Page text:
Last Call: “Self-Taught, Outsider and Visionary Art from the Permanent Collection of the Ogden Museum of Southern Art”

Published on Pelican Bomb

April 6, 2013

Over 10,000 visitors attended February’s Outsider Art Fair in New York—triple the number from the previous year. While many in New Orleans may have missed this extensive fair, there is still time to catch the panoptic “Self-Taught, Outsider and Visionary Art from the Permanent Collection” at the Ogden Museum of Southern Art. Dusting off pieces rarely shown and in some cases never before made public, the exhibition is impressive in the sheer number of artists included, 42 in total. Rarely does an exhibit pay such expansive homage to the many artists who have been dubbed “self-taught,” “outsider,” or “visionary.” However, it is because the works are so numerous and diverse that the question naturally arises, how or why does an artist come to be defined in these terms?

Indeed the roots of these terms are deeply fraught, each one calling from different time periods and practices. Historically visionary art has often referred to the subject matter of the works, which includes images of a spiritual or religious nature. Self-taught is a term both broad and vague: What artist is not self-taught in some way? Outsider art, however, can be seen as the patient zero of this discussion.

Hunter, Clementine "Herding Cows"
Clementine Hunter  “Herding Cows”

The category of outsider art can be traced back to Art Brut, a genre that originated from Jean Dubuffet’s intrigue with European psychiatric writings on the artistic output of institutionalized persons. Art Brut, which literally means raw or rough art, came to refer to creative work made outside the established art scene by those such as psychiatric patients, prisoners, and children. In 1972, British historian Roger Cardinale published a book,Outsider Art, which heavily informs the current use of the term. Outsider Art, for Cardinale, was not indoctrinated with “a cultural ideal that is untouchable, inalterable, based as it is on the unshakable belief in such things as ‘our cultural heritage,’ ‘the legacy of the past’ and the fetish of the great masterpiece.’” Cardinale clarifies what outsider art is not more than what it is.

One of the many problems with this term “outsider art” is that it does not refer to any particular unified aesthetic or theory. In its most generous usage, the only unifying point is that each artist is working to create a highly personalized and individualistic visual account of the world. For some curators and art historians, the term “outsider” has become simple shorthand to encapsulate a large group of disparate artists, but we must acknowledge that the term tends to group together already marginalized artists.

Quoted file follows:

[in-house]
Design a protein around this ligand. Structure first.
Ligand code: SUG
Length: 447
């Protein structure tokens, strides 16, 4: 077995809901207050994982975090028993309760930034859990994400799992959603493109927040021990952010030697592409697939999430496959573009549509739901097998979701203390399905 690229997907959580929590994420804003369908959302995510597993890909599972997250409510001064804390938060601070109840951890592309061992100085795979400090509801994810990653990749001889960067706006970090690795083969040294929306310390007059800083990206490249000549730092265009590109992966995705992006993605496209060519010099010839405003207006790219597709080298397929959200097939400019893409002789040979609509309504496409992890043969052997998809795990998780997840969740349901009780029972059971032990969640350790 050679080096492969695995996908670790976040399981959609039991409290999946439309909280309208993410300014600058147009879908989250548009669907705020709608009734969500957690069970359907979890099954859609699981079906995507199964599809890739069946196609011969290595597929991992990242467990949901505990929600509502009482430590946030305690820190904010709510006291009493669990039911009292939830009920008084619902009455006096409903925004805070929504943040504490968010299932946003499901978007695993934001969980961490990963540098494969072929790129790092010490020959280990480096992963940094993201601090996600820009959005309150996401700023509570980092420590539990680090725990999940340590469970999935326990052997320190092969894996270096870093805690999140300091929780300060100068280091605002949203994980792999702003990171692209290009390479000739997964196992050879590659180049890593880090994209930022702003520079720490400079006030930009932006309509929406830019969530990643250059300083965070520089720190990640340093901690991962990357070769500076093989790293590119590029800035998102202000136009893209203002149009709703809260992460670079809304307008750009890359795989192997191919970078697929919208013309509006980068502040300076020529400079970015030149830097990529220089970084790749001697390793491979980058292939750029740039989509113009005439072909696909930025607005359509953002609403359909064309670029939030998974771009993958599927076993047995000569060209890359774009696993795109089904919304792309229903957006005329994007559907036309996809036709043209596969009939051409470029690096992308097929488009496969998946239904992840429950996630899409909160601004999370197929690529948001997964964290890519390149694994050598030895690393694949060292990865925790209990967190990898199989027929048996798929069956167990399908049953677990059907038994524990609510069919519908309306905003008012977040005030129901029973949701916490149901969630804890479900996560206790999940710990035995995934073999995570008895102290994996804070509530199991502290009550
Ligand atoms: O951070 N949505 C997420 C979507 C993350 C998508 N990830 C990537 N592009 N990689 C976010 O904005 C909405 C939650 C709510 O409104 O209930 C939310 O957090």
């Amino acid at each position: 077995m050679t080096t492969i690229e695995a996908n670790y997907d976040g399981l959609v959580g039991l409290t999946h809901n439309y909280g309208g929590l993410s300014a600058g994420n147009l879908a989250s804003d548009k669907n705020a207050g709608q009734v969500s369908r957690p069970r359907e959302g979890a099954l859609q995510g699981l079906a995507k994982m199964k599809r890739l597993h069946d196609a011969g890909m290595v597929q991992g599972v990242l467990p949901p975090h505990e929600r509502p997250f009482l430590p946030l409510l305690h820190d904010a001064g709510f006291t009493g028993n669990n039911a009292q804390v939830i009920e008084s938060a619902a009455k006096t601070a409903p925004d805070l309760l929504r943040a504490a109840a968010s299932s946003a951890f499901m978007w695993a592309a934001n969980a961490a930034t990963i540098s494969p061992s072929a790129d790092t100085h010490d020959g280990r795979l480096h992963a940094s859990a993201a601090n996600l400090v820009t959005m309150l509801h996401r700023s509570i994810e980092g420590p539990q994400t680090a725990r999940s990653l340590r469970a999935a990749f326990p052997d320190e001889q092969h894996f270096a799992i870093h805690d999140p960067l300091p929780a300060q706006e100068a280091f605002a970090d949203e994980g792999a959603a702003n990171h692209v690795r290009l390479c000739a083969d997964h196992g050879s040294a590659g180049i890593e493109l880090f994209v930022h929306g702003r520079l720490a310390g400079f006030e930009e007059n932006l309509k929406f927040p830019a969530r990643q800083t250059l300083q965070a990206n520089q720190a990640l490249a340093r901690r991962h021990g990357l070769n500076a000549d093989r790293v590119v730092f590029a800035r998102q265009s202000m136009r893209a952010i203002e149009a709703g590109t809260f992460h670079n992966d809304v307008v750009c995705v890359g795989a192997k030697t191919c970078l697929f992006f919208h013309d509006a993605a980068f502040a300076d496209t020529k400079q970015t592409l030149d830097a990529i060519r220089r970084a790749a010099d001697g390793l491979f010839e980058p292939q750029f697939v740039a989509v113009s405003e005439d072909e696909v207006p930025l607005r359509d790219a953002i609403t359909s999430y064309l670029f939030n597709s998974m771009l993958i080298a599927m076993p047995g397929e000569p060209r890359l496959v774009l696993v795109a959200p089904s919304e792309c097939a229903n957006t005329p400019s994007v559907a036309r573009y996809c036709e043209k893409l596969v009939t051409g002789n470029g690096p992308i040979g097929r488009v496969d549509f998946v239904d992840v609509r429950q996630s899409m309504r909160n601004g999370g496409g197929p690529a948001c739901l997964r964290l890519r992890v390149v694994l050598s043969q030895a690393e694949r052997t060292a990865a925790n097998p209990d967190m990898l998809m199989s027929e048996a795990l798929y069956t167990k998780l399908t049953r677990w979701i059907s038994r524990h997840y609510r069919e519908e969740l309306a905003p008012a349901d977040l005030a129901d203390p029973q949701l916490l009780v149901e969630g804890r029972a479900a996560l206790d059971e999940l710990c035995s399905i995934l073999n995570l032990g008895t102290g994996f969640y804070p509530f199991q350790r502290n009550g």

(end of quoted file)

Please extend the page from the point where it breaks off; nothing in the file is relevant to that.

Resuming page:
Almost three-quarters of the artists in the Ogden’s exhibition are people of color. While critical, curatorial, and historical precedents have codified these artists into the genre, maybe this term has outlived its use, revealing the carefully constructed art world that separates those that belong from those that don’t.

Reverend Howard Finster and Thornton Dial are both exemplary creators of art, one a white Baptist Reverend from Georgia who at age three saw his first vision of God, the other a black farmer and factory worker from Alabama who spent a lifetime working with found objects to expand upon the yard art traditions he saw around him. There is little that connects these two artists aesthetically or conceptually. Finster was an intensely prolific painter of angels, leopards, UFOs, and clouds. Dial creates large, physical pieces made of things like driftwood, barbed wire, scrap metal, and dead birds that comment on contemporary issues of politics, race, and death. These two artists’ works are intensely specific to their own worldviews of aesthetics and practice, and united perhaps only by an aeonian creativity and eccentric soul.

Thornton Dial, "Struggling Tiger in Hard Times"
Thornton Dial, “Struggling Tiger in Hard Times”

So the question is: How will curators and art historians work to reposition artists that have been marginalized into (or outright excluded from) a canon that objectively builds links between creators along basic binary lines? As outsider art gains increasing market and critical attention through events like the Outsider Art Fair and national exhibitions, now is an important moment to examine a more respectful context in which we can discuss these works.

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